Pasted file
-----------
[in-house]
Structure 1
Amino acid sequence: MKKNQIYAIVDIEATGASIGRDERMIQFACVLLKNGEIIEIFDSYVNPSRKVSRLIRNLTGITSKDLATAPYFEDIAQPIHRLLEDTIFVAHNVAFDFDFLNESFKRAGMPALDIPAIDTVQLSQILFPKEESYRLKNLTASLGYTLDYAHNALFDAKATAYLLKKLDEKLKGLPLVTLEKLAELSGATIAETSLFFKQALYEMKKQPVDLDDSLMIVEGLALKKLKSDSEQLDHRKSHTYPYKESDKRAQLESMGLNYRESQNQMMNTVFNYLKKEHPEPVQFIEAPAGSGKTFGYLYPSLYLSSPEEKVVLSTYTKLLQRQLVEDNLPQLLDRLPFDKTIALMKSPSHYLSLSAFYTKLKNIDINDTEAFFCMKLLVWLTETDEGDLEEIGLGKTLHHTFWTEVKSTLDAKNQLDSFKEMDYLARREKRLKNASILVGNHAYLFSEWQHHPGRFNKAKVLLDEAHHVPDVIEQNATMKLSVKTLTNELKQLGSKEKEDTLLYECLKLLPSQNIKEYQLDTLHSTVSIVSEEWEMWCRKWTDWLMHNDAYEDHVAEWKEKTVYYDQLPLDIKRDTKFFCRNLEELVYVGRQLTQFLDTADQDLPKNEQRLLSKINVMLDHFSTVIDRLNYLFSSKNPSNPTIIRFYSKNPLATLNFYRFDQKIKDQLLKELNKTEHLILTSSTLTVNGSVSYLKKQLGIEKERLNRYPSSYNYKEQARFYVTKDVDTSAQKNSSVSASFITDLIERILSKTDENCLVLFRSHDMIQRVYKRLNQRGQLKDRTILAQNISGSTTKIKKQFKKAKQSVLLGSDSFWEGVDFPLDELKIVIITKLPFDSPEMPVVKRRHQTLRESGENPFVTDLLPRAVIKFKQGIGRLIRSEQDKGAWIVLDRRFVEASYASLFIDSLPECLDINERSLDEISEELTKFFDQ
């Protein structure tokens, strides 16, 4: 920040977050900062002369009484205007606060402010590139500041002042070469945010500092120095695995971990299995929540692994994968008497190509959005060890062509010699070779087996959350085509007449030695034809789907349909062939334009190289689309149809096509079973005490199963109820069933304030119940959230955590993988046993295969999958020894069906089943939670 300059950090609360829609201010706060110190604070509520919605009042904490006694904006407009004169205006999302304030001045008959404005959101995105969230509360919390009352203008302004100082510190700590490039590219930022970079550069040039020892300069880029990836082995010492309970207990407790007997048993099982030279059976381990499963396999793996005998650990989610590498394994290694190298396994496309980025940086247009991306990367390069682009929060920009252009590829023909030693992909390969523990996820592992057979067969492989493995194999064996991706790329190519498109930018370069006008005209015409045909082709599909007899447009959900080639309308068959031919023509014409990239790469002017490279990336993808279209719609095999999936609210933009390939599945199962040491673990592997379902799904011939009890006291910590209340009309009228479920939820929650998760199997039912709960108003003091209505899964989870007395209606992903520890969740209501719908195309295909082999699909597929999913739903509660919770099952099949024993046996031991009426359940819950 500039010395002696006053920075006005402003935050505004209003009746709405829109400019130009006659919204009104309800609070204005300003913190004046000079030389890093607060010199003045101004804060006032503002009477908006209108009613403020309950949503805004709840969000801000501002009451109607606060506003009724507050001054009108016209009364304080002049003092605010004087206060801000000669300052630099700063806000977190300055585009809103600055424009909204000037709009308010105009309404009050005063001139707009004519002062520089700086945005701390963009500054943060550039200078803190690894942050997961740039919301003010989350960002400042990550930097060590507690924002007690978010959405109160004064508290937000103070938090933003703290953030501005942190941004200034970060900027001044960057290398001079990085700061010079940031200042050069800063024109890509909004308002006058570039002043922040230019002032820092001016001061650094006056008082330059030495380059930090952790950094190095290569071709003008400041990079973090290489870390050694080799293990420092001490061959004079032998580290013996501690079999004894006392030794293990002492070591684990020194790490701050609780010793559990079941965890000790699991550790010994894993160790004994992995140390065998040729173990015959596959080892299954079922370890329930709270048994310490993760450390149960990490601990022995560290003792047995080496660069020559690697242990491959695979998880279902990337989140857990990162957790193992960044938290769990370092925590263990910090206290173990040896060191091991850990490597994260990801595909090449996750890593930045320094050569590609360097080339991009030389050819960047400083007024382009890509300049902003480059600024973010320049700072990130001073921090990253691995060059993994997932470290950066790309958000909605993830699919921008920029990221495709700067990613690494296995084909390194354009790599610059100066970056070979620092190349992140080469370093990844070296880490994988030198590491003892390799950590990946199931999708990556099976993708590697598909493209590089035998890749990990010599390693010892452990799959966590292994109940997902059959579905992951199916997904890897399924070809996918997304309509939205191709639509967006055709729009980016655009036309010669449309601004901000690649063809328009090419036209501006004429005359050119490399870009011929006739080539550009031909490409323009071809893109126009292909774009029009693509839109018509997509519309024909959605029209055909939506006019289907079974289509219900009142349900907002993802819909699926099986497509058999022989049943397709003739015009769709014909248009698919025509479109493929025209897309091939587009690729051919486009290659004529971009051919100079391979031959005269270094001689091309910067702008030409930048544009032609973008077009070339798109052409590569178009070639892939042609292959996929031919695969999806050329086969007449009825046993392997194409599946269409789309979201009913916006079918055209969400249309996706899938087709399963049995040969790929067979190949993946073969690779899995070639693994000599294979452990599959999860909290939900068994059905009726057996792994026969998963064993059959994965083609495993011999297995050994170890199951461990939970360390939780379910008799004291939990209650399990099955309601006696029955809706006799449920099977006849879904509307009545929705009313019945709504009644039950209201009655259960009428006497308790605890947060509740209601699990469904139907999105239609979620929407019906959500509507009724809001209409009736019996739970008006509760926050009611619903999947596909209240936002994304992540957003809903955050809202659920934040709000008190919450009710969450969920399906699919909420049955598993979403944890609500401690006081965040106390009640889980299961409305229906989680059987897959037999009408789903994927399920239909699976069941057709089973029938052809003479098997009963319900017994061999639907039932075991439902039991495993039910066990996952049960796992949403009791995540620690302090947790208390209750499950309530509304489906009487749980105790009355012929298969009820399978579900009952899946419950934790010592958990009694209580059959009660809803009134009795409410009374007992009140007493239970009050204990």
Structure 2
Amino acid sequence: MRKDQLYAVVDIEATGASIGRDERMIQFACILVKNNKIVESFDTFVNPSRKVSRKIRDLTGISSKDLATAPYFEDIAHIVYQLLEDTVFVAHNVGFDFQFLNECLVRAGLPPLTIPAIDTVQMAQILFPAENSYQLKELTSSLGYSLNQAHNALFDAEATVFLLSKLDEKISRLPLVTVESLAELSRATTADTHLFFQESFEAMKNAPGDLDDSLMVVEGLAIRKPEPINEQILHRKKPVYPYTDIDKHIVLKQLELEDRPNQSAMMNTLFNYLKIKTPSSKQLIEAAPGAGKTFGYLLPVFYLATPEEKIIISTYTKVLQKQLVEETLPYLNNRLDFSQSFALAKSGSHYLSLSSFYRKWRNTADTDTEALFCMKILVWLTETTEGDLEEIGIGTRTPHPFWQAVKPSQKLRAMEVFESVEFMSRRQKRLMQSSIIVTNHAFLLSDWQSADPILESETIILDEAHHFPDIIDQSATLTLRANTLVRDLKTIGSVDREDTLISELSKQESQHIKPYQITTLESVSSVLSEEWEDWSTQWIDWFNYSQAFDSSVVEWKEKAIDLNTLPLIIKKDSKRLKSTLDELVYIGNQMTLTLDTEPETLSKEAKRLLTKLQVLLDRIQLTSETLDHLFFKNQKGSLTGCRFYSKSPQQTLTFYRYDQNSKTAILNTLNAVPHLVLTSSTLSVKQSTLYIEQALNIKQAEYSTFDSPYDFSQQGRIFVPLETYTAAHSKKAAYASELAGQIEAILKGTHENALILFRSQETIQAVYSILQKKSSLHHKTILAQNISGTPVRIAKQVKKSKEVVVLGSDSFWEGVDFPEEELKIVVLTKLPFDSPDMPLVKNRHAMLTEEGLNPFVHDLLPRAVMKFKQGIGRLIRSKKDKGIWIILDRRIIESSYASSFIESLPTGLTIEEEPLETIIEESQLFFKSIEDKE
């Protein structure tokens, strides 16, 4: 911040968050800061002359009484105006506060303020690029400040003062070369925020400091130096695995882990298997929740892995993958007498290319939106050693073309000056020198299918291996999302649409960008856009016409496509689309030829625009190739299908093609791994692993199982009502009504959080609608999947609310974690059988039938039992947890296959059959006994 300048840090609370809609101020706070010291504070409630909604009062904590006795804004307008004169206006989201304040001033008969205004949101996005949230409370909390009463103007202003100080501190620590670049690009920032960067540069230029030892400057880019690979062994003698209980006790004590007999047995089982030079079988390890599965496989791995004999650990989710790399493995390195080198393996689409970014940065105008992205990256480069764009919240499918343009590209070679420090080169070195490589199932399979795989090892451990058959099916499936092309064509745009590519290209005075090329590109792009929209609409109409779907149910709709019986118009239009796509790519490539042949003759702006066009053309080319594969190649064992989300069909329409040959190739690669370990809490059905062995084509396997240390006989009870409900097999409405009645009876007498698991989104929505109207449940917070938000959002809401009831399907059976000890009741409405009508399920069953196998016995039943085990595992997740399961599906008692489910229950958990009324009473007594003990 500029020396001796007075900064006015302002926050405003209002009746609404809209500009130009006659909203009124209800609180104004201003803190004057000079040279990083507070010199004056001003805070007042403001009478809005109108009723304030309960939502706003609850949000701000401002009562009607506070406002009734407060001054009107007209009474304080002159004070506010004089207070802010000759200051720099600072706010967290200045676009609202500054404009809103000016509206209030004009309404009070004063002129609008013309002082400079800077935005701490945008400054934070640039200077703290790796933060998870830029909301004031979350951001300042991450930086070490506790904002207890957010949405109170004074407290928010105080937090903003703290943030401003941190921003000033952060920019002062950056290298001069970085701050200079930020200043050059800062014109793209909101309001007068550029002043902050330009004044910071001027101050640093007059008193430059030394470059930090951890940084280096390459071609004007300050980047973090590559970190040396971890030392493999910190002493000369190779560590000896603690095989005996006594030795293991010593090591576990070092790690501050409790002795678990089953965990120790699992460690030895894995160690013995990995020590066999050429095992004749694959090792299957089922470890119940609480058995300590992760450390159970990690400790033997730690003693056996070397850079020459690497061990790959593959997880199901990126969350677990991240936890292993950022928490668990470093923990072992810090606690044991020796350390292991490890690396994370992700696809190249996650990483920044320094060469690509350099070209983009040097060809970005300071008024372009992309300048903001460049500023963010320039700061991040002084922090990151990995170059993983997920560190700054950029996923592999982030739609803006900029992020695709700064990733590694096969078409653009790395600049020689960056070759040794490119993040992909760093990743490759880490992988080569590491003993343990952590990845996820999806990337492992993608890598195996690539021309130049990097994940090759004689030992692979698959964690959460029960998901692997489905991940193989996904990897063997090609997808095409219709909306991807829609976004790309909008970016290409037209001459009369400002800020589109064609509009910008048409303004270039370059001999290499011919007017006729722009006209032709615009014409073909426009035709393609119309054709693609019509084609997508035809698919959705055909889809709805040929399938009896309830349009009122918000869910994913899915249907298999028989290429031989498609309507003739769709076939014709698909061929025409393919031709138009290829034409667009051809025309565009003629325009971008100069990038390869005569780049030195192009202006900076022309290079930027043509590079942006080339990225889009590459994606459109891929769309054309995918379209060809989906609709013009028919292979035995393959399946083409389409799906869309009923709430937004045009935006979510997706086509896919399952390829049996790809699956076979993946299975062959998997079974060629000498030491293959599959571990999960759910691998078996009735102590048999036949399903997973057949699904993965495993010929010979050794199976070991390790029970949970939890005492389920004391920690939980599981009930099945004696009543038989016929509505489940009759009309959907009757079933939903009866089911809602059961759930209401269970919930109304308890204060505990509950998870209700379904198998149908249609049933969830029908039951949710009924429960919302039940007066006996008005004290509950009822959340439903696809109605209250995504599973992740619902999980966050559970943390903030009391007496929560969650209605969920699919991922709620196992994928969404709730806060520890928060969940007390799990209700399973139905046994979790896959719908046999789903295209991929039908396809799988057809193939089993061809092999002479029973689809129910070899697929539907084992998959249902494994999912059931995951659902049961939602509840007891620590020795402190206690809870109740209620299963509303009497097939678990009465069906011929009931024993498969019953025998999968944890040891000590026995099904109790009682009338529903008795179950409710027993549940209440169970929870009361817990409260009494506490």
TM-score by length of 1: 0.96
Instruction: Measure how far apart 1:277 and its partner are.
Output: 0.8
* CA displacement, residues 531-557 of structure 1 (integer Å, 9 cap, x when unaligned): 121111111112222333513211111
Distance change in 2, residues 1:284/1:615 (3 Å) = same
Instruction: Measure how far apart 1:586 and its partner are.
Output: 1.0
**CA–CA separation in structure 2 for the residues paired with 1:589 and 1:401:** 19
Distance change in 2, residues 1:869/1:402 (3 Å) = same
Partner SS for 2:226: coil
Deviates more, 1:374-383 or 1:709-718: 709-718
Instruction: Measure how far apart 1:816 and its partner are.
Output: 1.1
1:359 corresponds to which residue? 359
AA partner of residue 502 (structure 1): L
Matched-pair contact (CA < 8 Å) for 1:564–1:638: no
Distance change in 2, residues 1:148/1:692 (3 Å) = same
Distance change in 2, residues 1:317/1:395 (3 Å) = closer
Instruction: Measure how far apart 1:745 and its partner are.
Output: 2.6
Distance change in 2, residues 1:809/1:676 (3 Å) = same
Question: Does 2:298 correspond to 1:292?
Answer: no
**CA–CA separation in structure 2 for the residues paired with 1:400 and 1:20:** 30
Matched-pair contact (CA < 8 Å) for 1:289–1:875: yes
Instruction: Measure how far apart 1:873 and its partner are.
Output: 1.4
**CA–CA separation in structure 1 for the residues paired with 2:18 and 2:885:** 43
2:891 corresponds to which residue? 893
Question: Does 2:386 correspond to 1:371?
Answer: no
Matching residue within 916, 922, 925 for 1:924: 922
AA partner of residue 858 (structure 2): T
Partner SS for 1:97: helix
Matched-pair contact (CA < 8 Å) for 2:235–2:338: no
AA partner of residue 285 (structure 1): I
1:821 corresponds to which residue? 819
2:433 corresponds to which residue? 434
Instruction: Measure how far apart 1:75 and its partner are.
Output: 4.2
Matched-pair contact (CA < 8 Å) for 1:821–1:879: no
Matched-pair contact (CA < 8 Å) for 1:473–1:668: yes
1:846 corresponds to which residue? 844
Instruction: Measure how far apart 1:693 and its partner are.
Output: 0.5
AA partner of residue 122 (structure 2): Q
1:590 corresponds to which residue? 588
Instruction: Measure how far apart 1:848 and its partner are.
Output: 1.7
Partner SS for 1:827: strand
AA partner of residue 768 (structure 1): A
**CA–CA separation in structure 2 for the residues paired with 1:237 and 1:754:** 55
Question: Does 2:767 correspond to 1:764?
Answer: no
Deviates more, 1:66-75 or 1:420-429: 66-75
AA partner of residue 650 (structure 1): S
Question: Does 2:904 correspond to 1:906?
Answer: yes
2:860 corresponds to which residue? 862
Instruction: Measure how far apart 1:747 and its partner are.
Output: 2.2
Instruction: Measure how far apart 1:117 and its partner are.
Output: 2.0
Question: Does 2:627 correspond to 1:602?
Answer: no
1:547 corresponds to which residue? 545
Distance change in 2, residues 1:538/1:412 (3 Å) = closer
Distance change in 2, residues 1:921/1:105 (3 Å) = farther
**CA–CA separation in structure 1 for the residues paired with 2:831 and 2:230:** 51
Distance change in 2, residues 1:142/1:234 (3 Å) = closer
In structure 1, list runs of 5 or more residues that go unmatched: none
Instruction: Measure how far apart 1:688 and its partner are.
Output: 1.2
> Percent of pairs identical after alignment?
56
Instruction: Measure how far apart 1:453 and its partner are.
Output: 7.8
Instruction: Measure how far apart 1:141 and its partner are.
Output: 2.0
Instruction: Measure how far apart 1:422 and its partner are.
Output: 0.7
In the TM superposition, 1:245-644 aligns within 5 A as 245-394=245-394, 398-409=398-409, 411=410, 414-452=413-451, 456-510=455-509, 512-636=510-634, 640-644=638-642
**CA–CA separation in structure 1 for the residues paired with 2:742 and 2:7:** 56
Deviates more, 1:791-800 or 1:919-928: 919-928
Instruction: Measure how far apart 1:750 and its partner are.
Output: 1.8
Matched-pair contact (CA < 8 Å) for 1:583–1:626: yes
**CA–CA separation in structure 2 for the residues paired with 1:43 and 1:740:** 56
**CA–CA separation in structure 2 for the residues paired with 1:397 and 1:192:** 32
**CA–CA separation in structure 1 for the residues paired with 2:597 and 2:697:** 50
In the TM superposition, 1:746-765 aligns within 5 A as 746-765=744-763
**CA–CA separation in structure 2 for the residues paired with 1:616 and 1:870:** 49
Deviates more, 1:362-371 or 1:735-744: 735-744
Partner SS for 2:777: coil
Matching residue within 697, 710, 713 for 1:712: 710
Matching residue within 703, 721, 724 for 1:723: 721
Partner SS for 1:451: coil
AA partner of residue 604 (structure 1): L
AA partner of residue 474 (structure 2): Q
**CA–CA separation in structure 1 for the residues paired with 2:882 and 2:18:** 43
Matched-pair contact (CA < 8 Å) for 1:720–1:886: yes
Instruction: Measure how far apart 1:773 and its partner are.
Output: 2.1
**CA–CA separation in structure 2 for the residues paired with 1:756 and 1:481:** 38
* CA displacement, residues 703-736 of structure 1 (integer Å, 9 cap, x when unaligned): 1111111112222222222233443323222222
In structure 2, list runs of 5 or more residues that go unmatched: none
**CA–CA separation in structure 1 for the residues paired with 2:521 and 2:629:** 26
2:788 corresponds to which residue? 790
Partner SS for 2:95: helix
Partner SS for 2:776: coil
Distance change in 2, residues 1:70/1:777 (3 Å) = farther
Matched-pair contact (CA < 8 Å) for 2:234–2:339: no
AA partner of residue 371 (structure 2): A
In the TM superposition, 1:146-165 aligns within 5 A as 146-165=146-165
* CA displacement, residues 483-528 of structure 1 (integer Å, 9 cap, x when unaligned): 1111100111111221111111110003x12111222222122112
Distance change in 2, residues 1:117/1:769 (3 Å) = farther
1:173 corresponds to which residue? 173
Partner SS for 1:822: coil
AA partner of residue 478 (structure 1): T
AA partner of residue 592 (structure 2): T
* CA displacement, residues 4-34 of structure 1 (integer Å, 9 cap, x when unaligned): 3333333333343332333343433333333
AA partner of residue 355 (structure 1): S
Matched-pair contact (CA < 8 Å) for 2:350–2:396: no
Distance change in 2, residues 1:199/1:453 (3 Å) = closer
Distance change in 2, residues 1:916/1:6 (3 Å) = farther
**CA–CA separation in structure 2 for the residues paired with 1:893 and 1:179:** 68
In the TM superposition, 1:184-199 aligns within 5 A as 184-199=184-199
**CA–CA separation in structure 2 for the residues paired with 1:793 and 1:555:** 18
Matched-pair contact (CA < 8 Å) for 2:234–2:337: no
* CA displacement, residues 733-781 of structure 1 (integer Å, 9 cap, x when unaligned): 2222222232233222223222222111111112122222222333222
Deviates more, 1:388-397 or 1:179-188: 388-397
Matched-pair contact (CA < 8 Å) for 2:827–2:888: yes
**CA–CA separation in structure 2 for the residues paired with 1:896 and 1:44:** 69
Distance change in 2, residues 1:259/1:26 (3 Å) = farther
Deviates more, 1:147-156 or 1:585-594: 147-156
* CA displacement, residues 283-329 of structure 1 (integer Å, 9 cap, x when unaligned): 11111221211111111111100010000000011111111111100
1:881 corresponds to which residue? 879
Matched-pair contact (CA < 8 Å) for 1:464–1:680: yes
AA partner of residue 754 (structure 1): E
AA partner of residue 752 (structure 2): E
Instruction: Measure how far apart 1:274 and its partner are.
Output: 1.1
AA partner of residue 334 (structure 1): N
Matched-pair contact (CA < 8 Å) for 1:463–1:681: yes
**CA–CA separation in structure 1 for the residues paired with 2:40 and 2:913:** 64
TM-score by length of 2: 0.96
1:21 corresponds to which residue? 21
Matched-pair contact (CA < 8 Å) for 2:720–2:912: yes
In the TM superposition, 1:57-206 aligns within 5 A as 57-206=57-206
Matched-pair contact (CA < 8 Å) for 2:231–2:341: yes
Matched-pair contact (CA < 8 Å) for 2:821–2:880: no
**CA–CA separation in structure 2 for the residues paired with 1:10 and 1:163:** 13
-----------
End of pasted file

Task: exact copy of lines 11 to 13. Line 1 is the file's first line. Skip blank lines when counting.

* CA displacement, residues 531-557 of structure 1 (integer Å, 9 cap, x when unaligned): 121111111112222333513211111
Distance change in 2, residues 1:284/1:615 (3 Å) = same
Instruction: Measure how far apart 1:586 and its partner are.